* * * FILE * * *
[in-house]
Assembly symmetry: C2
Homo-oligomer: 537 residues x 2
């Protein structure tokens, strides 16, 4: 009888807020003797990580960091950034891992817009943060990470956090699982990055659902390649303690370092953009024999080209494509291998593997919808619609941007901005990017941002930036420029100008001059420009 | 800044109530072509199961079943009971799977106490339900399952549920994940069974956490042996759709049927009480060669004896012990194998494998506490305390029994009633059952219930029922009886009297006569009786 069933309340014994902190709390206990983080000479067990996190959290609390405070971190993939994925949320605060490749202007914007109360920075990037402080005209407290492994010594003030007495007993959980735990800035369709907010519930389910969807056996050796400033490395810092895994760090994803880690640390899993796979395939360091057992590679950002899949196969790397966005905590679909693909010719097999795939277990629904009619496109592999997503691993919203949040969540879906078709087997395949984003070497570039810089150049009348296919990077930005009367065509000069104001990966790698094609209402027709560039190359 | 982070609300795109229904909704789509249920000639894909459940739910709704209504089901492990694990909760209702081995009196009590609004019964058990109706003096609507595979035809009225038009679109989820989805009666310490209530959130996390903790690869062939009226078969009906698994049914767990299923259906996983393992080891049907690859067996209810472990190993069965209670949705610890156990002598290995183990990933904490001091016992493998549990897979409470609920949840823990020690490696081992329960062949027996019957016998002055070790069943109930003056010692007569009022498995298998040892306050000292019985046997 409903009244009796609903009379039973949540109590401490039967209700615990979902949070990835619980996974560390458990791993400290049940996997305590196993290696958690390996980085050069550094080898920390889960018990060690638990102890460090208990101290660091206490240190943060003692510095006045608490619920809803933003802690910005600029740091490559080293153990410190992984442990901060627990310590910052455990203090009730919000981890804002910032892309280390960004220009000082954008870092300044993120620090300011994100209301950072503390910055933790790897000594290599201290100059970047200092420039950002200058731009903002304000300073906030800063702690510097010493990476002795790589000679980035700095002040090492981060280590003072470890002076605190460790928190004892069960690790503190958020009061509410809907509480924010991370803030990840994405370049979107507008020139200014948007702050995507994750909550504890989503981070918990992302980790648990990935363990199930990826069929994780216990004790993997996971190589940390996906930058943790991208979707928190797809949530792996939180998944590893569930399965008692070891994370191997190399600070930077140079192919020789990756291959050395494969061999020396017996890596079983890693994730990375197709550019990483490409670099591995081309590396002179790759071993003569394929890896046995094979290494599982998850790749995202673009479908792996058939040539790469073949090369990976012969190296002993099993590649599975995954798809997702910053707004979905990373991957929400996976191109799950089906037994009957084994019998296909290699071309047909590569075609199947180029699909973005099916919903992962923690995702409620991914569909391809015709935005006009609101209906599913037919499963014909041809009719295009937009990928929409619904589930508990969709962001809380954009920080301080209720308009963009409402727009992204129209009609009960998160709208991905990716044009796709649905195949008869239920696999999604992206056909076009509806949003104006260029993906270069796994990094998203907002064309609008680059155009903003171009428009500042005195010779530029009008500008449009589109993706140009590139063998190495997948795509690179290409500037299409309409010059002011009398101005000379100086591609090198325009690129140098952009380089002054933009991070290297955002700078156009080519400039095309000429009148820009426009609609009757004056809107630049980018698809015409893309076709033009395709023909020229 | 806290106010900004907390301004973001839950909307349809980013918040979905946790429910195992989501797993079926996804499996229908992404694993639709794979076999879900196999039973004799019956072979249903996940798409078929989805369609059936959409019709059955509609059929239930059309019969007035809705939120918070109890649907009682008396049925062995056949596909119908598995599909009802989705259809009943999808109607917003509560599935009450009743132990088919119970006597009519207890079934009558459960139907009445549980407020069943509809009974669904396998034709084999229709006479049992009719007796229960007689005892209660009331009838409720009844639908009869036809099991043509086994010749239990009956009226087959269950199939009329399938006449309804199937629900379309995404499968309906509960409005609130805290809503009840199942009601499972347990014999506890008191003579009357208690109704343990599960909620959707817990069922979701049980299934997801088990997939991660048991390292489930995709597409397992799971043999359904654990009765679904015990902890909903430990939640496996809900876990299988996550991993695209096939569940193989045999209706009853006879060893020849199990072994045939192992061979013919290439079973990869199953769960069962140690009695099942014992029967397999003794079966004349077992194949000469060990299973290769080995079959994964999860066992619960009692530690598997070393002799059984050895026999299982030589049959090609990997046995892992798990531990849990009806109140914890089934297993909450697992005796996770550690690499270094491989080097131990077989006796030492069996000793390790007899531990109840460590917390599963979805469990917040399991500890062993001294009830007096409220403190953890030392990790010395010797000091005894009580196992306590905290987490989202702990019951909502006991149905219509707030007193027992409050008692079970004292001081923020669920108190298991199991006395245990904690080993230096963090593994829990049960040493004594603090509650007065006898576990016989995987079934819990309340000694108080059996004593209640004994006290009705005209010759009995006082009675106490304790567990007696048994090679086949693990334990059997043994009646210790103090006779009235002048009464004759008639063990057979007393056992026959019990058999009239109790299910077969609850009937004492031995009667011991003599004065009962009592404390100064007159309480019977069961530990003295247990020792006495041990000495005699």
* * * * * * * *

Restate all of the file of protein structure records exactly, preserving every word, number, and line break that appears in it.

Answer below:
[in-house]
Assembly symmetry: C2
Homo-oligomer: 537 residues x 2
């Protein structure tokens, strides 16, 4: 009888807020003797990580960091950034891992817009943060990470956090699982990055659902390649303690370092953009024999080209494509291998593997919808619609941007901005990017941002930036420029100008001059420009 | 800044109530072509199961079943009971799977106490339900399952549920994940069974956490042996759709049927009480060669004896012990194998494998506490305390029994009633059952219930029922009886009297006569009786 069933309340014994902190709390206990983080000479067990996190959290609390405070971190993939994925949320605060490749202007914007109360920075990037402080005209407290492994010594003030007495007993959980735990800035369709907010519930389910969807056996050796400033490395810092895994760090994803880690640390899993796979395939360091057992590679950002899949196969790397966005905590679909693909010719097999795939277990629904009619496109592999997503691993919203949040969540879906078709087997395949984003070497570039810089150049009348296919990077930005009367065509000069104001990966790698094609209402027709560039190359 | 982070609300795109229904909704789509249920000639894909459940739910709704209504089901492990694990909760209702081995009196009590609004019964058990109706003096609507595979035809009225038009679109989820989805009666310490209530959130996390903790690869062939009226078969009906698994049914767990299923259906996983393992080891049907690859067996209810472990190993069965209670949705610890156990002598290995183990990933904490001091016992493998549990897979409470609920949840823990020690490696081992329960062949027996019957016998002055070790069943109930003056010692007569009022498995298998040892306050000292019985046997 409903009244009796609903009379039973949540109590401490039967209700615990979902949070990835619980996974560390458990791993400290049940996997305590196993290696958690390996980085050069550094080898920390889960018990060690638990102890460090208990101290660091206490240190943060003692510095006045608490619920809803933003802690910005600029740091490559080293153990410190992984442990901060627990310590910052455990203090009730919000981890804002910032892309280390960004220009000082954008870092300044993120620090300011994100209301950072503390910055933790790897000594290599201290100059970047200092420039950002200058731009903002304000300073906030800063702690510097010493990476002795790589000679980035700095002040090492981060280590003072470890002076605190460790928190004892069960690790503190958020009061509410809907509480924010991370803030990840994405370049979107507008020139200014948007702050995507994750909550504890989503981070918990992302980790648990990935363990199930990826069929994780216990004790993997996971190589940390996906930058943790991208979707928190797809949530792996939180998944590893569930399965008692070891994370191997190399600070930077140079192919020789990756291959050395494969061999020396017996890596079983890693994730990375197709550019990483490409670099591995081309590396002179790759071993003569394929890896046995094979290494599982998850790749995202673009479908792996058939040539790469073949090369990976012969190296002993099993590649599975995954798809997702910053707004979905990373991957929400996976191109799950089906037994009957084994019998296909290699071309047909590569075609199947180029699909973005099916919903992962923690995702409620991914569909391809015709935005006009609101209906599913037919499963014909041809009719295009937009990928929409619904589930508990969709962001809380954009920080301080209720308009963009409402727009992204129209009609009960998160709208991905990716044009796709649905195949008869239920696999999604992206056909076009509806949003104006260029993906270069796994990094998203907002064309609008680059155009903003171009428009500042005195010779530029009008500008449009589109993706140009590139063998190495997948795509690179290409500037299409309409010059002011009398101005000379100086591609090198325009690129140098952009380089002054933009991070290297955002700078156009080519400039095309000429009148820009426009609609009757004056809107630049980018698809015409893309076709033009395709023909020229 | 806290106010900004907390301004973001839950909307349809980013918040979905946790429910195992989501797993079926996804499996229908992404694993639709794979076999879900196999039973004799019956072979249903996940798409078929989805369609059936959409019709059955509609059929239930059309019969007035809705939120918070109890649907009682008396049925062995056949596909119908598995599909009802989705259809009943999808109607917003509560599935009450009743132990088919119970006597009519207890079934009558459960139907009445549980407020069943509809009974669904396998034709084999229709006479049992009719007796229960007689005892209660009331009838409720009844639908009869036809099991043509086994010749239990009956009226087959269950199939009329399938006449309804199937629900379309995404499968309906509960409005609130805290809503009840199942009601499972347990014999506890008191003579009357208690109704343990599960909620959707817990069922979701049980299934997801088990997939991660048991390292489930995709597409397992799971043999359904654990009765679904015990902890909903430990939640496996809900876990299988996550991993695209096939569940193989045999209706009853006879060893020849199990072994045939192992061979013919290439079973990869199953769960069962140690009695099942014992029967397999003794079966004349077992194949000469060990299973290769080995079959994964999860066992619960009692530690598997070393002799059984050895026999299982030589049959090609990997046995892992798990531990849990009806109140914890089934297993909450697992005796996770550690690499270094491989080097131990077989006796030492069996000793390790007899531990109840460590917390599963979805469990917040399991500890062993001294009830007096409220403190953890030392990790010395010797000091005894009580196992306590905290987490989202702990019951909502006991149905219509707030007193027992409050008692079970004292001081923020669920108190298991199991006395245990904690080993230096963090593994829990049960040493004594603090509650007065006898576990016989995987079934819990309340000694108080059996004593209640004994006290009705005209010759009995006082009675106490304790567990007696048994090679086949693990334990059997043994009646210790103090006779009235002048009464004759008639063990057979007393056992026959019990058999009239109790299910077969609850009937004492031995009667011991003599004065009962009592404390100064007159309480019977069961530990003295247990020792006495041990000495005699």